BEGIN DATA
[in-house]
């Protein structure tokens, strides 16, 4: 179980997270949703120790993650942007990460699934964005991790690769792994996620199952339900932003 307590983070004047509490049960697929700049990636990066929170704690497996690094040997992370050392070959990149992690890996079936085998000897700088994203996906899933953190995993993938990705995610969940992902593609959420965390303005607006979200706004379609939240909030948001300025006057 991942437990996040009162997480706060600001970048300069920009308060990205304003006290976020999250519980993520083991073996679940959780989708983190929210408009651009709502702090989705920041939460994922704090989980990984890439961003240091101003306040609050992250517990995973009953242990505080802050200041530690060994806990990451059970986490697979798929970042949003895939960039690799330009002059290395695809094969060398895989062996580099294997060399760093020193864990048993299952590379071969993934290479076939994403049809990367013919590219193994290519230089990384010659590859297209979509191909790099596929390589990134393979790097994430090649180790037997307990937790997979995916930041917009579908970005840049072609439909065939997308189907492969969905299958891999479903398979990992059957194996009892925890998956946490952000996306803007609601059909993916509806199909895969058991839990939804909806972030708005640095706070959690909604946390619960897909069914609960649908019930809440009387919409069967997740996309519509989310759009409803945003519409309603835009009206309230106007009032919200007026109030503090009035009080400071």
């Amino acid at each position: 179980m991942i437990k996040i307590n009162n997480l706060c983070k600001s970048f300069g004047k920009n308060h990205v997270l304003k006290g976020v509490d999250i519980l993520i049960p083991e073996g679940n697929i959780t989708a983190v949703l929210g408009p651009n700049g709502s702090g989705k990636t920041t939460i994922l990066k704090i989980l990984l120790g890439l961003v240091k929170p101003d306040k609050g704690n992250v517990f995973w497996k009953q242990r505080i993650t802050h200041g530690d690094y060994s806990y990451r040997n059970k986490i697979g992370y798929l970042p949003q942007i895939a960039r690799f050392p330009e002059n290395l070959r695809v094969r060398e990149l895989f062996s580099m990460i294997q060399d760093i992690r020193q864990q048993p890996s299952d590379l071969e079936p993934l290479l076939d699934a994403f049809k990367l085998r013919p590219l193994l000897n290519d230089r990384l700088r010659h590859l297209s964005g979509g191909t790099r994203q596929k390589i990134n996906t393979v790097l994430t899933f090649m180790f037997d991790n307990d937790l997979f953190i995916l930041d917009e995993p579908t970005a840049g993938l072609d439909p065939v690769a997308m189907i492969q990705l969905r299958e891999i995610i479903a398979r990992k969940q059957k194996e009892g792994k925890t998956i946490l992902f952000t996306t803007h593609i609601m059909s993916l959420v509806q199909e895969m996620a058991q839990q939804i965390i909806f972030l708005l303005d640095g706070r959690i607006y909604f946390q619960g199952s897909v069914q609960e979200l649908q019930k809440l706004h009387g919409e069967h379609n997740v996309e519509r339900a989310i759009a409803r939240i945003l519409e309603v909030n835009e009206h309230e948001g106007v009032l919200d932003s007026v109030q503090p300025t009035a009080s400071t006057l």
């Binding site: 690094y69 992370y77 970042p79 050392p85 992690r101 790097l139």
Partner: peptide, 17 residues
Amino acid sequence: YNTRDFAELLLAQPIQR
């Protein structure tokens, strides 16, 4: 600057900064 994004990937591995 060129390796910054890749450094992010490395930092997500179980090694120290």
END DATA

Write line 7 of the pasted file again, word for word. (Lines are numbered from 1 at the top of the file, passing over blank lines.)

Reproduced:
């Protein structure tokens, strides 16, 4: 600057900064 994004990937591995 060129390796910054890749450094992010490395930092997500179980090694120290």